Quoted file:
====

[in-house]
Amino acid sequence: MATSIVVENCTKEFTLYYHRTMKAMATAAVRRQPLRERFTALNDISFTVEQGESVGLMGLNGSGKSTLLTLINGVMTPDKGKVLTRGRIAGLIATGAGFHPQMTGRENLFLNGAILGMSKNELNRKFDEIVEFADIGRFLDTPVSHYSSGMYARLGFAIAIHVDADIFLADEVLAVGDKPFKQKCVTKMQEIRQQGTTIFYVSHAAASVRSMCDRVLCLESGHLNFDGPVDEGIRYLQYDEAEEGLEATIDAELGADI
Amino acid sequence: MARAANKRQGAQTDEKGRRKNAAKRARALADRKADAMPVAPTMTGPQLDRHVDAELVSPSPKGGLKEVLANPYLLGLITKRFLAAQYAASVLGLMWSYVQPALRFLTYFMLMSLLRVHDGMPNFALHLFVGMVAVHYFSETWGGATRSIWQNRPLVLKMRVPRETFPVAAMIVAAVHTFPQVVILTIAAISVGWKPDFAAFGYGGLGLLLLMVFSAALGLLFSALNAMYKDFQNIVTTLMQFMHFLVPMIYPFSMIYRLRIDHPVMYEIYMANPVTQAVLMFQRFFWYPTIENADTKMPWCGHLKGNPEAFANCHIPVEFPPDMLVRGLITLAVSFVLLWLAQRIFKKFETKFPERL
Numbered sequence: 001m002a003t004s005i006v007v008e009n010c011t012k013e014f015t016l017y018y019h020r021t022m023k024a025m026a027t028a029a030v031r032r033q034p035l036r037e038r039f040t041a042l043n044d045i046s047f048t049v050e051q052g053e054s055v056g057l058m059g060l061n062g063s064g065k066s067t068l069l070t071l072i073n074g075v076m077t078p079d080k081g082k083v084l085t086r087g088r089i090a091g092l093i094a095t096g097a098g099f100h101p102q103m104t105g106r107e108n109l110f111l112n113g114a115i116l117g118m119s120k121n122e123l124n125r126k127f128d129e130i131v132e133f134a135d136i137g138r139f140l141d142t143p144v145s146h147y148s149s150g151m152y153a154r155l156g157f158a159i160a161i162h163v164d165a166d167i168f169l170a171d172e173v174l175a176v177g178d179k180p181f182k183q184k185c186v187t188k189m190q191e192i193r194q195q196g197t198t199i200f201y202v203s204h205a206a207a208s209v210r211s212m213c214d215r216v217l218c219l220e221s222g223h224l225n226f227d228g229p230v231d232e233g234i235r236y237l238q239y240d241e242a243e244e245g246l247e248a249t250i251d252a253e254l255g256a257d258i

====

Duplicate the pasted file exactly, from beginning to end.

[in-house]
Amino acid sequence: MATSIVVENCTKEFTLYYHRTMKAMATAAVRRQPLRERFTALNDISFTVEQGESVGLMGLNGSGKSTLLTLINGVMTPDKGKVLTRGRIAGLIATGAGFHPQMTGRENLFLNGAILGMSKNELNRKFDEIVEFADIGRFLDTPVSHYSSGMYARLGFAIAIHVDADIFLADEVLAVGDKPFKQKCVTKMQEIRQQGTTIFYVSHAAASVRSMCDRVLCLESGHLNFDGPVDEGIRYLQYDEAEEGLEATIDAELGADI
Amino acid sequence: MARAANKRQGAQTDEKGRRKNAAKRARALADRKADAMPVAPTMTGPQLDRHVDAELVSPSPKGGLKEVLANPYLLGLITKRFLAAQYAASVLGLMWSYVQPALRFLTYFMLMSLLRVHDGMPNFALHLFVGMVAVHYFSETWGGATRSIWQNRPLVLKMRVPRETFPVAAMIVAAVHTFPQVVILTIAAISVGWKPDFAAFGYGGLGLLLLMVFSAALGLLFSALNAMYKDFQNIVTTLMQFMHFLVPMIYPFSMIYRLRIDHPVMYEIYMANPVTQAVLMFQRFFWYPTIENADTKMPWCGHLKGNPEAFANCHIPVEFPPDMLVRGLITLAVSFVLLWLAQRIFKKFETKFPERL
Numbered sequence: 001m002a003t004s005i006v007v008e009n010c011t012k013e014f015t016l017y018y019h020r021t022m023k024a025m026a027t028a029a030v031r032r033q034p035l036r037e038r039f040t041a042l043n044d045i046s047f048t049v050e051q052g053e054s055v056g057l058m059g060l061n062g063s064g065k066s067t068l069l070t071l072i073n074g075v076m077t078p079d080k081g082k083v084l085t086r087g088r089i090a091g092l093i094a095t096g097a098g099f100h101p102q103m104t105g106r107e108n109l110f111l112n113g114a115i116l117g118m119s120k121n122e123l124n125r126k127f128d129e130i131v132e133f134a135d136i137g138r139f140l141d142t143p144v145s146h147y148s149s150g151m152y153a154r155l156g157f158a159i160a161i162h163v164d165a166d167i168f169l170a171d172e173v174l175a176v177g178d179k180p181f182k183q184k185c186v187t188k189m190q191e192i193r194q195q196g197t198t199i200f201y202v203s204h205a206a207a208s209v210r211s212m213c214d215r216v217l218c219l220e221s222g223h224l225n226f227d228g229p230v231d232e233g234i235r236y237l238q239y240d241e242a243e244e245g246l247e248a249t250i251d252a253e254l255g256a257d258i